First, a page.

Drinking non-potable water

Drinking non-potable water can result in several different diseases, and even in a mild case, can cause diarrhea. Which—you guessed it!—will only dehydrate you further. This could leave you not just treating dehydration, but trying to treat multiple health issues.

Finding Safe Water in the Wilderness

When tracking down a safe source of water, you’ll want to seek out running water over standing bodies of water. This means you want to track down a river or stream, something with a current, if at all possible. Avoid lakes, ponds, and puddles. If it happens to be raining, rainwater is your best bet for truly clean water, but moving sources are your next best bet.

Regardless of what water source you end up finding, be sure to take the time to seek out potential causes of contamination. You don’t want to take a drink, walk upstream, and discover a drowned animal or other kind of poisonous substance waiting for you. It can be difficult to stay mindful of such things when you’re that thirsty, but trust me, it’s better to delay gratification than end up vomiting all that water back up.

It’s advised that you check inside the body of water before drinking regardless—experts suggest seeking out growing things within, such as plant life. If you see nothing but rocks or dirt, that’s a warning sign. That water likely isn’t healthy for consumption.

It’s also suggested to keep an eye out for other animals coming to the water source and taking a drink. Trust the critters that call these woods home—if it’s safe for them to drink, it’s probably good enough for you in an emergency.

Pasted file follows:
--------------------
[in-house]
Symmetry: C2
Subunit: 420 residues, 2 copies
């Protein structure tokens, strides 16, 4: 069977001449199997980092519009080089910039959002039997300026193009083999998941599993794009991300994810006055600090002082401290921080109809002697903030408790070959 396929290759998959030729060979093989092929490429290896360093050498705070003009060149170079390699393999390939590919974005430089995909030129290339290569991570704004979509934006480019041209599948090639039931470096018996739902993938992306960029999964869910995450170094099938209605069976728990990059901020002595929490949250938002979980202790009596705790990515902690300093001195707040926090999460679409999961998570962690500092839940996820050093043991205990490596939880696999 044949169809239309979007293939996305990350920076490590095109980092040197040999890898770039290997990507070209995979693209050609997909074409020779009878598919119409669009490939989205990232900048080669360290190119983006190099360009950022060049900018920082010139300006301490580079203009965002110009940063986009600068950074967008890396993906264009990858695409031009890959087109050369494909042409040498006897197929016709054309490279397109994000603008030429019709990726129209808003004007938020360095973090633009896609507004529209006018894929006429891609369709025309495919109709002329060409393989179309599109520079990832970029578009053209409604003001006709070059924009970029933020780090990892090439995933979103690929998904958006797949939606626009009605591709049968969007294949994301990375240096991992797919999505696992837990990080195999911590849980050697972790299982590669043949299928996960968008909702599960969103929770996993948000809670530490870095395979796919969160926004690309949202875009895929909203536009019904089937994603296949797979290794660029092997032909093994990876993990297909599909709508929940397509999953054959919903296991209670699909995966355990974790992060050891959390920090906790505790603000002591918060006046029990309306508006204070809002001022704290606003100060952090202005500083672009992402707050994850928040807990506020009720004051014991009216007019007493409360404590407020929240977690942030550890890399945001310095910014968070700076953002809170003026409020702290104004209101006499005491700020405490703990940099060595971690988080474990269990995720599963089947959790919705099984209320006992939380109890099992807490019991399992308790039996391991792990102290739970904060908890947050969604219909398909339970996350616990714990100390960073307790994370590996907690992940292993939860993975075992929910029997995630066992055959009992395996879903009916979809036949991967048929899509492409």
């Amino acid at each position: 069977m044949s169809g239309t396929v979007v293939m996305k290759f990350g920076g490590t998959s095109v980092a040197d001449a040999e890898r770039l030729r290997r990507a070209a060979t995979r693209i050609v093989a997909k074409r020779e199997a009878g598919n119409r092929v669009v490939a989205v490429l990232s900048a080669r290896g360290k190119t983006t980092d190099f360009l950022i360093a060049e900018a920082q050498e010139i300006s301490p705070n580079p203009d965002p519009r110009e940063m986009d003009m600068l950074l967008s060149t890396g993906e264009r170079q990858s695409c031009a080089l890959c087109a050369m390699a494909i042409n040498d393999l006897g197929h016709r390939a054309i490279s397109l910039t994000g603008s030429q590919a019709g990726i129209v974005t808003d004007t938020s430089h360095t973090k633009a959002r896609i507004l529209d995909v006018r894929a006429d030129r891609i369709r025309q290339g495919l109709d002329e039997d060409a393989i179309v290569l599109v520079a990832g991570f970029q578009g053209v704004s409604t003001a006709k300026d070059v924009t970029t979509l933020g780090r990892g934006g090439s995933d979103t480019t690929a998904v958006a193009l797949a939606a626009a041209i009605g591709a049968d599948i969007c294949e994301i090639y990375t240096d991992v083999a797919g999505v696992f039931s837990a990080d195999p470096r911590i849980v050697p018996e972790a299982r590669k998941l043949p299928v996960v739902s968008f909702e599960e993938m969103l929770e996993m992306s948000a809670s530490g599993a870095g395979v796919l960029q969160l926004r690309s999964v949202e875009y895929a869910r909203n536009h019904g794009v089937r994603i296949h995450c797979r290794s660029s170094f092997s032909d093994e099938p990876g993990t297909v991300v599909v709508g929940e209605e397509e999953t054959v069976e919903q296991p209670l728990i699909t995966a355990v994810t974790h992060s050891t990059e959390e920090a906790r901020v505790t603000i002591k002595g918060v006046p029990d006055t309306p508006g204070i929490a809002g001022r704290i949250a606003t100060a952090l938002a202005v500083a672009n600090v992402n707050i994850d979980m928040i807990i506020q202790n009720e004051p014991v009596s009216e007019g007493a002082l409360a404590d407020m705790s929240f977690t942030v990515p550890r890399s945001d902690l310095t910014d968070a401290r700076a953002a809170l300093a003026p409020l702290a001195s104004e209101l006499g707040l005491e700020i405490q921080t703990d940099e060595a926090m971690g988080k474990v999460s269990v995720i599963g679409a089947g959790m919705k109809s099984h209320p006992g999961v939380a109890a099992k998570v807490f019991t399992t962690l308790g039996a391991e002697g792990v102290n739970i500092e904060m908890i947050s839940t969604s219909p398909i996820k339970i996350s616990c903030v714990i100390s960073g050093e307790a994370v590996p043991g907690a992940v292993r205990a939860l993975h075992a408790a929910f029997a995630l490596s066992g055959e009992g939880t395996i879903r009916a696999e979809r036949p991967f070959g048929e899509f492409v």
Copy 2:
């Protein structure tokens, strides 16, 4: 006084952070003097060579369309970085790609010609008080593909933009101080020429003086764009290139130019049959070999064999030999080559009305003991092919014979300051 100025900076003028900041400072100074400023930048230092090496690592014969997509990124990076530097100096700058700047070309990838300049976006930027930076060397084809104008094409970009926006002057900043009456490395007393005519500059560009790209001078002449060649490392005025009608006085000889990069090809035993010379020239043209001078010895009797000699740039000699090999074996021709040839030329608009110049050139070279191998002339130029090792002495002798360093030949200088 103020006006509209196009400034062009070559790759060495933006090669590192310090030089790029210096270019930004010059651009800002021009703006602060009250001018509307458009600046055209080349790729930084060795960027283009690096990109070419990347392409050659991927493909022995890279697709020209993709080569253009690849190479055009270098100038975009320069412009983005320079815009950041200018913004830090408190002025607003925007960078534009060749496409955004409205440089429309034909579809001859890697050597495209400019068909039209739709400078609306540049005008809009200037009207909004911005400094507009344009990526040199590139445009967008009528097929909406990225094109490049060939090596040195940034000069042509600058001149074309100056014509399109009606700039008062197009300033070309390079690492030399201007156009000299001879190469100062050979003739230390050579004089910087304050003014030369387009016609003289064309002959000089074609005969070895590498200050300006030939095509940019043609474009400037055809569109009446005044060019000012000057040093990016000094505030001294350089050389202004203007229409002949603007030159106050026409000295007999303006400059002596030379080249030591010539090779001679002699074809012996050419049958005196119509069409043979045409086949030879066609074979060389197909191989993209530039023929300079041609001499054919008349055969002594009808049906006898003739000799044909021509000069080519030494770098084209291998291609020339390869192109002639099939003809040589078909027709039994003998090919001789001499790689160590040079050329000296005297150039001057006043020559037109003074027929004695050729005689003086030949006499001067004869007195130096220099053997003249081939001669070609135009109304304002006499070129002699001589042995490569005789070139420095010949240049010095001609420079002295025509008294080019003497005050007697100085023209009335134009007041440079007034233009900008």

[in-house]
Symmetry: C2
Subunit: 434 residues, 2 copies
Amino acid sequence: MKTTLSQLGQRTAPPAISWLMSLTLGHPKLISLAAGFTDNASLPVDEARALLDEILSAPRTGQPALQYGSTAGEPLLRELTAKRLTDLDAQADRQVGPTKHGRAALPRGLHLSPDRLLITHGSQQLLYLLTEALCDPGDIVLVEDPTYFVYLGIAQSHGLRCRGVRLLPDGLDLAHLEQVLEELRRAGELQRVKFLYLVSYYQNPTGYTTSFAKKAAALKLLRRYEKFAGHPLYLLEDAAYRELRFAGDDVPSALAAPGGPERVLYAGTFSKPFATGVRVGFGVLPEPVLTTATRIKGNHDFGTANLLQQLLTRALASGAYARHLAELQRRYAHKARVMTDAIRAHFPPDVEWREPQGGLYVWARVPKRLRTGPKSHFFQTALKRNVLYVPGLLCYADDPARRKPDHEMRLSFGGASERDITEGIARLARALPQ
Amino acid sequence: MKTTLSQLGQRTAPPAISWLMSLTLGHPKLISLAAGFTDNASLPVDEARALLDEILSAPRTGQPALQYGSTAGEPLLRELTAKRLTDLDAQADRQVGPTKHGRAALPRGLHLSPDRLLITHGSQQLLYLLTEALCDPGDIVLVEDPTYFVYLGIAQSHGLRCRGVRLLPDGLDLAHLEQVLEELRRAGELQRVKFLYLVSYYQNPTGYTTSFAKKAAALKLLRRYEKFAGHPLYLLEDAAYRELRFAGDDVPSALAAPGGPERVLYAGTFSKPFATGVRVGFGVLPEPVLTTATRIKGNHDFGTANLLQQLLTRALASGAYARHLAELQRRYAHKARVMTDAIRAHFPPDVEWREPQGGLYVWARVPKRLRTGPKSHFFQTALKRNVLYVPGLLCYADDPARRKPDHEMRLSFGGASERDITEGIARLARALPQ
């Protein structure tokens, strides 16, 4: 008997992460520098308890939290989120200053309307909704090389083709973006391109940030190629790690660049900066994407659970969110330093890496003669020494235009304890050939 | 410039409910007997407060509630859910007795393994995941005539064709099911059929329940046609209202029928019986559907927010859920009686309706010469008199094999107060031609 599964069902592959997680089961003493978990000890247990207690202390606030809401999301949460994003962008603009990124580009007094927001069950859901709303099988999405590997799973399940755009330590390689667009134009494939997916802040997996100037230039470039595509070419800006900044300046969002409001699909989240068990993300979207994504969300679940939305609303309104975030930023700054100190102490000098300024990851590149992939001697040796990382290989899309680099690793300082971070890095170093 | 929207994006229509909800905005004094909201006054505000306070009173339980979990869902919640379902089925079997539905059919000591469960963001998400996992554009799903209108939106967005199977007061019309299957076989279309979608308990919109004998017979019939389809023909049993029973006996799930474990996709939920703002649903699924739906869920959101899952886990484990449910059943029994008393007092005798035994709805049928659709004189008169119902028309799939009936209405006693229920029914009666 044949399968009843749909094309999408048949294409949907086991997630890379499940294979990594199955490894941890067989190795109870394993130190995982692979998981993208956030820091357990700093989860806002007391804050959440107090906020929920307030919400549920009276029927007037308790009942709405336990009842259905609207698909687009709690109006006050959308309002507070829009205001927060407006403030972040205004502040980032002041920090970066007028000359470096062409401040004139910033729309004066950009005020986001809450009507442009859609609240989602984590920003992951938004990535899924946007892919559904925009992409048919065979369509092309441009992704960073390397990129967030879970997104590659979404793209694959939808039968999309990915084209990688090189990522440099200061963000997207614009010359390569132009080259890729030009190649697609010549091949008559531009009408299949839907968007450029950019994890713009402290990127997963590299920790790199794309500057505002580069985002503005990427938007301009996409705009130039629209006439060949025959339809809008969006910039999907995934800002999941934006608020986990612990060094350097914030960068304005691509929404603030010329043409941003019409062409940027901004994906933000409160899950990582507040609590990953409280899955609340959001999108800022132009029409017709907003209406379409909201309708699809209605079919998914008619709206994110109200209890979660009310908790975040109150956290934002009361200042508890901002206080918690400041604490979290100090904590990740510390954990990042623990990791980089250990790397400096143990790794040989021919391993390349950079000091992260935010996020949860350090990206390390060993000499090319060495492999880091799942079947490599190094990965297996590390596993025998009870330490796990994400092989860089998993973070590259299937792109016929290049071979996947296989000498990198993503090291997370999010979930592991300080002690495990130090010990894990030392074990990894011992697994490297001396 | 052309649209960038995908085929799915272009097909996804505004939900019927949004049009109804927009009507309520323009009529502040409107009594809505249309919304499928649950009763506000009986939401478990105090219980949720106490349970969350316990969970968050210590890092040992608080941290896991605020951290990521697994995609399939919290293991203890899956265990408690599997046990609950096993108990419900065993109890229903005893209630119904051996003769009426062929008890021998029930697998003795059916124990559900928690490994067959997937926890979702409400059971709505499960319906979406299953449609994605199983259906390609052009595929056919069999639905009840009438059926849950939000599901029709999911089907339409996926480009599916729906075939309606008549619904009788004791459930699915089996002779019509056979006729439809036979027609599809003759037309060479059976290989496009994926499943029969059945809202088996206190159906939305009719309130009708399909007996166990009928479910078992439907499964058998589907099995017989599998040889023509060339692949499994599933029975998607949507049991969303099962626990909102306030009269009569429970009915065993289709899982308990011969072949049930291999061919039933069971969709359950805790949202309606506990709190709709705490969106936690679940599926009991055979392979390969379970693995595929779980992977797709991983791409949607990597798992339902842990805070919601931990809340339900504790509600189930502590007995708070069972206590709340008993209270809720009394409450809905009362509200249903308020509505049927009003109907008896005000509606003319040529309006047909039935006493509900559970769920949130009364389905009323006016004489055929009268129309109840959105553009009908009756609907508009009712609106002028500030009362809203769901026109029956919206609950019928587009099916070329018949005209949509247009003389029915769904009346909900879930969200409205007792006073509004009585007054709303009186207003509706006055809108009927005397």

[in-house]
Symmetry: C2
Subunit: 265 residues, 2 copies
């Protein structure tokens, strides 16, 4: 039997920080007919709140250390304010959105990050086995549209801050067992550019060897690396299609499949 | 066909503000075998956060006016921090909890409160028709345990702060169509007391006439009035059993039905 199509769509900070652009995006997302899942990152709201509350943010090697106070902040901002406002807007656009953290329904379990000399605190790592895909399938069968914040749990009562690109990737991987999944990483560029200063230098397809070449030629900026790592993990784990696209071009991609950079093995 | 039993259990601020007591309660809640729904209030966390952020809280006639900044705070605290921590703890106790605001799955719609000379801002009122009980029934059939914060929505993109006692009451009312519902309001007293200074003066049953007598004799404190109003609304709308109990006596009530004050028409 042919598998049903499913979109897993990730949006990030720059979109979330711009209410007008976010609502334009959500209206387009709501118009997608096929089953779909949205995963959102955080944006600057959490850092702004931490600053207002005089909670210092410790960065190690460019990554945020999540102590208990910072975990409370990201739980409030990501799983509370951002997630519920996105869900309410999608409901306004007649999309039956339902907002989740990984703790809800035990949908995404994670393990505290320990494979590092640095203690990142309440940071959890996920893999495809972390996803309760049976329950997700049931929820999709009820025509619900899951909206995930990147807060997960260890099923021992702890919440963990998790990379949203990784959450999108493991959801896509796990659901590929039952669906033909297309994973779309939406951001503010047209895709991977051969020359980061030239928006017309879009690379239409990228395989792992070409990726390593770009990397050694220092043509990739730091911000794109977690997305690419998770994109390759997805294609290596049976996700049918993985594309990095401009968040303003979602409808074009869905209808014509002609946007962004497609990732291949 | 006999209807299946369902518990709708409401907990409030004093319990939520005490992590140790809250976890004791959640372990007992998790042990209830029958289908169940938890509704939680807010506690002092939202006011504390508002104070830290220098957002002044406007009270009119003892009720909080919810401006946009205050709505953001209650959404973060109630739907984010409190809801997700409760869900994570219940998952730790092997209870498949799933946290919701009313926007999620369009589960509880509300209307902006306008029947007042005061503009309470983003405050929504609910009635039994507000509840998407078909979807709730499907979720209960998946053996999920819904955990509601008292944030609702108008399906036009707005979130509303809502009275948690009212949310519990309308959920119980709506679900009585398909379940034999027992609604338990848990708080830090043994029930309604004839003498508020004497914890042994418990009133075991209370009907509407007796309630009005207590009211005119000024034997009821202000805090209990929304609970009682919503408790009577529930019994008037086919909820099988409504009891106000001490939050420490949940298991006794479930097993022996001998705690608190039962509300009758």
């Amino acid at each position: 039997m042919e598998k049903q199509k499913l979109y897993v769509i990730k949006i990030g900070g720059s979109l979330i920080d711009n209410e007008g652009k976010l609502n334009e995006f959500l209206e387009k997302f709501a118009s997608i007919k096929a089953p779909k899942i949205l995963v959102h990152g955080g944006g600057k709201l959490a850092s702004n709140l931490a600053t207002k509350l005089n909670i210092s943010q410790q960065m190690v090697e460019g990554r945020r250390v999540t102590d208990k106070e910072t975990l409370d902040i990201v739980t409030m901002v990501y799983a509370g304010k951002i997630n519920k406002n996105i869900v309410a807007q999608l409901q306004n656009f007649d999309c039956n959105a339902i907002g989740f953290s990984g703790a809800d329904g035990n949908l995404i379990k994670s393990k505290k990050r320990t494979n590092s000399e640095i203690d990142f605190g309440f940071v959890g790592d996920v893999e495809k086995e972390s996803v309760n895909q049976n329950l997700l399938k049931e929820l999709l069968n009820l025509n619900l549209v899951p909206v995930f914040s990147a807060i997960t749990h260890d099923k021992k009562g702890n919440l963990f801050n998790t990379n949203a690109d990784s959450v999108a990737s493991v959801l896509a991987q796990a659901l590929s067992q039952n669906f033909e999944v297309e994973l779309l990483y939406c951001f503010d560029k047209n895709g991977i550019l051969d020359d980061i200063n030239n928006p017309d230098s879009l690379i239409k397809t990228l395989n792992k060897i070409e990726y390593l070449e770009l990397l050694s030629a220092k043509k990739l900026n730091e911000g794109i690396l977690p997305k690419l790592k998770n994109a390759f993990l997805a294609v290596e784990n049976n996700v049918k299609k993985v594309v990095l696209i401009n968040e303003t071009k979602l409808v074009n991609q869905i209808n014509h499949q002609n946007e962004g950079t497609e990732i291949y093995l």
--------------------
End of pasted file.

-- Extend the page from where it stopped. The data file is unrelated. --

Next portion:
LifeStraw Personal Water Filter for Hiking, Camping, Travel, and Emergency Preparedness, 1 Pack, Blue

Of course, if you want to have the absolute best shot at finding clean water in the wilderness, you’ll want to use what my hiker friend likes to refer to as a technical advantage—a tool meant to make hiking trips a bit easier. In this case, we’re looking at a water filter.

Personally, my favorite option is the LifeStraw. You can take this wonderful little contraption, stick it into any body of water, and drink directly from it! While it does filter out bacteria, it won’t filter out dangerous chemicals, so still be cautious about checking for contaminators around any body of water you choose to drink from.

If you want to create your own water filter, you can do so using some simple items and ingredients. We have a whole how-to waiting for you right here on Survival World!

How to Prevent Dehydration

Obviously the best way to fend of dehydration is by staying hydrated, but failing that, the best thing you can do is to stay out of the sun and minimize how much sweat you’re expelling. Heat will sap water from your body quickly, so try to move during the cooler parts of the day and rest when the sun is at its peak, even in the woods.

Be sure to bring more water than you think you might need on your hike, but don’t overburden yourself—you don’t want to drive yourself to dehydration by carrying too much weight!

How to Treat Dehydration

Ultimately, when it comes to how to treat dehydration, the best option is to drink water. If you can, bring along bottled water or a sports drink that contains electrolytes, or bring along drink mix packets containing electrolytes in case of emergency if you want to avoid carrying too much.

Hiking with Water

In severe cases, you’ll want to reach a doctor and get medical assistance with treating dehydration as quickly as you can. But if you’re stuck in the wilderness, having a water filter and electrolyte providers on hand is the best way to prepare!

Now You Know How to Treat Dehydration!

The best thing you can do to protect yourself from dehydration is to come prepared for every hike and camping trip you set out on. Keep plenty of supplies for treating dehydration on hand, and stay safe out there!

For more ways to stay hydrated in survival situations check out our post on How to Build an Off-Grid Water System.